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The Fat Man's Club
I found the below in a discussion on obesity and its relation to wealth here. It's really interesting and I suggest you give it a read. As that blog states, though obesity in Western countries today largely correlates with poverty, it was once a strong indicator of wealth. The more money you had, the more Willy Wonka-style feasts you could afford. It wasn't a perfect correlation--there was such a thing as being too fat in the 19th century (looking at you, George IV), and slender, athletic, muscly men certainly were considered attractive. However, the Victorians treated the concept of "fat" quite differently and with far less stigma than we do today.

In 1866, a "Fat Man's Club" was opened in Connecticut. Each member had to weigh at least 200 lbs to qualify for membership. Apparently the club was so popular, it spread. The below image was taken of members of a Fat Man's Club in 1894 in Van Zandt County, Texas. According to the County Genealogical Society, each man was weighed in a cotton gin to verify his qualifications.


In many ways, the Fat Man's Club was a Victorian country club, only instead of directly measuring the power of its members through their wallets, it was thought that their power and status could be read directly in their physique. Not sure what the activities were--probably not swimming and golfing like a normal country club. I'm guessing "Sitting around and stuffing yourself with pies" would be high up on the activities list.

Then, around the turn of the century, food started to be made available and affordable to everyone. The railways had a lot to do with this, since food could be shipped in bulk quickly from the country and coast and arrive still fresh in the city. You didn't have to be a millionaire to eat well anymore. So the lower classes started filling out a bit. And when that happened, the upper classes started losing weight. If they couldn't be the fattest, then they'd be the thinnest, goddamn it! (Check out any socialite today and tell me I'm wrong.) Suffice it to say, the Fat Man's Club closed in only 1903, leaving us with our current views on weight and wealth.

Though I have been unable to find and reproduce it here (help, anyone, if you can), I once read an amazing non-fiction novel called Devil in the White City, which had in it a menu that was typical of high-powered business dinners in the 1890s. If you don't believe me that food was associated to power, you should see this thing. It must have had ten courses, all of them decadent and covered with cream and filled with cheese and artery-clogging goodness, with several cigarette and booze breaks in the middle. I would buy that book just to have the menu on hand.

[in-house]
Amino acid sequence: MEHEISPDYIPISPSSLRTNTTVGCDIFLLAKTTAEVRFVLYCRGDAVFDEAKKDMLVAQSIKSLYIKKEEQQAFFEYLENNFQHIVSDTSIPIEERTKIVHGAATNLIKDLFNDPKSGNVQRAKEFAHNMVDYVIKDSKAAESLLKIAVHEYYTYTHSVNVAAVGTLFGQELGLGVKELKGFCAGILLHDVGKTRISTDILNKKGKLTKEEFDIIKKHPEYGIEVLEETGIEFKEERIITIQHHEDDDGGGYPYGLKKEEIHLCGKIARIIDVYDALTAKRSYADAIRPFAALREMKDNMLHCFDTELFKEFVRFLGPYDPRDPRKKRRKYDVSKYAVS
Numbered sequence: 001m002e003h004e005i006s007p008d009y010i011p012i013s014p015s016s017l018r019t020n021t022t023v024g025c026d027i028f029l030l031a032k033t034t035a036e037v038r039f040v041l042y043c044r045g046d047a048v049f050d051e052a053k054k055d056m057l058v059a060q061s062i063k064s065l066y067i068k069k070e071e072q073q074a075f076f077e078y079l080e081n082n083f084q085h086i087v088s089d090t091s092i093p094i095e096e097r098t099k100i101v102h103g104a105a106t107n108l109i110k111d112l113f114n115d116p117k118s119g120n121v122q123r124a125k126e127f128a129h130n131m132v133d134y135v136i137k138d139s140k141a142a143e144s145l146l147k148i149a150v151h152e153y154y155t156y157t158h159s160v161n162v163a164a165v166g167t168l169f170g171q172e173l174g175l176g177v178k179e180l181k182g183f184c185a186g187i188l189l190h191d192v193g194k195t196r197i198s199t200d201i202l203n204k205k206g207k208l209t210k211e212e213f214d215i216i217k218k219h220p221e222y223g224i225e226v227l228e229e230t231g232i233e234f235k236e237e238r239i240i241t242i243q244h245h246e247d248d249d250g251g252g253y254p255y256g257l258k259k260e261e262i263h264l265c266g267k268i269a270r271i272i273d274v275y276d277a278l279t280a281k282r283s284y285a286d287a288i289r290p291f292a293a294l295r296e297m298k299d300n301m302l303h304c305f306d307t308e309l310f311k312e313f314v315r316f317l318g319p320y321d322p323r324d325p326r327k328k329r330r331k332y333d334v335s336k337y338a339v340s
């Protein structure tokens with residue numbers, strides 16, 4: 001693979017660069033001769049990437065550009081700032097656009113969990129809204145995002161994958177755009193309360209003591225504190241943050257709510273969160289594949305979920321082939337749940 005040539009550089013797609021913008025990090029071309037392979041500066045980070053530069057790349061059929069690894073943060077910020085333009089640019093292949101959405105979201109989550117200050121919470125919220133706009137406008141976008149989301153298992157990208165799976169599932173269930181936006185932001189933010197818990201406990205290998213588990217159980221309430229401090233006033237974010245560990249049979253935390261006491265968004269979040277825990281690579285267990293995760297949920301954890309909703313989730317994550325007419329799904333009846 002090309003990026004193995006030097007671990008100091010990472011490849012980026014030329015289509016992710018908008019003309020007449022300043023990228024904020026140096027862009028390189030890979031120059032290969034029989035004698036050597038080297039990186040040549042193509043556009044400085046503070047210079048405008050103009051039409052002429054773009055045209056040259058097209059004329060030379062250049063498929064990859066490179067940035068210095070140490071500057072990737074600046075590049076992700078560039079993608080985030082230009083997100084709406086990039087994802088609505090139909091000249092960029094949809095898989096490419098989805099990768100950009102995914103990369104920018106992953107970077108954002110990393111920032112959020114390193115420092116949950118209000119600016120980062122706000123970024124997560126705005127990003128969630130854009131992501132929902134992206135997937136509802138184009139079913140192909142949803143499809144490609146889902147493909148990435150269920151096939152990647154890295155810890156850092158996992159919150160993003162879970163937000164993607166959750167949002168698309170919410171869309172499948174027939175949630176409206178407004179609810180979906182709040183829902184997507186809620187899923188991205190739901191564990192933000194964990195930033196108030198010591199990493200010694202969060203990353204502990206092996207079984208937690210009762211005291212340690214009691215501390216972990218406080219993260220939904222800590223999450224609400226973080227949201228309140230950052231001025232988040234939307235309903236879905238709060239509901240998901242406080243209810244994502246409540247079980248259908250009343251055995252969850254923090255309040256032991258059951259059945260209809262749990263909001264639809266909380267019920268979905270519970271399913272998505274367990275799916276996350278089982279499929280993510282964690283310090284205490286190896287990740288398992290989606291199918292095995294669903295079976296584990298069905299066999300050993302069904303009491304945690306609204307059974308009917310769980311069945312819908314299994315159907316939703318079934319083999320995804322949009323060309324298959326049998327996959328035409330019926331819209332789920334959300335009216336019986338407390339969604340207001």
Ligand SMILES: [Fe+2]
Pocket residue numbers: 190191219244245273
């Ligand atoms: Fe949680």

So the moral of the story is, if someone says you're fat, just tell them it's because you're from old money and prefer to keep the traditions alive.

A friend of mine managed to find the menu from Devil in the White City. It is as follows, with the course underlined and the accompanying alcohol in italics:

Blue Points a l'Alaska.
Consomme printanier. Creme de Celeri.
Rissoles Chateaubriand. Amandes salees. Olives, etc.
Bass rayee, sauce hollandaise. Pommes parisiennes.
Miersfeiner. Moet et Chandon. Perrier Jouet, Extra Dry Special.
Filet de Boeuf aux champignons. Haricots verts. Pommes duchesse.
Ris de Veau en cotelette. Petit Pois.
Romaine fantaisie. Cigarettes.
Canard de Tete Rouge. Salade de Laitue.
Pontet Canet
Petits Moules fantaisies. Gateaux assortis. Bonbons. Petits-fours. Fruit assortis.
Roquefort et Camembert.
Cognac. Cordials. Cigars.

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Fat Man's Menu

Other than the cigarettes/cigars, that menu seems quite healthy to me. The idea that natural saturated fat was "artery-clogging" was based on crap science and spread by crap media. The items on that menu are real food and of a quality that would be hard to match today - no industrial vegetable oils, no meat fattened by grain and hormones, no GMO, nothing processed, no HFCS and no pesticides. And if one didn't overdo it with the deserts and alcohol that menu could be considered quite healthy.

Re: Fat Man's Menu

The Victorian diet (in London) from about 1850-1875 has been studied and has been found to be optimal. It was only after 1875 that commercial processed flour products and other foods that lead to chronic disease became widely available.

Re: Fat Man's Menu

The more I look at this menu the more I like it. It is mostly nutrient dense food from animals that lived their lives outdoors in a clean environment.

Oysters with white wine
Beef, potatoes, almonds and olives
Bass with hollandaise, more potatoes and champagne
More beef with green beans and potatoes
Veal with green peas
Duck with salad and red wine
Pastries and cakes
Cheese, sparkling water, cognac and cordials

Again, if a 21st century American didn't over do it with portion size, alcohol and sweets it would be a vast improvement over the Standard American Diet.

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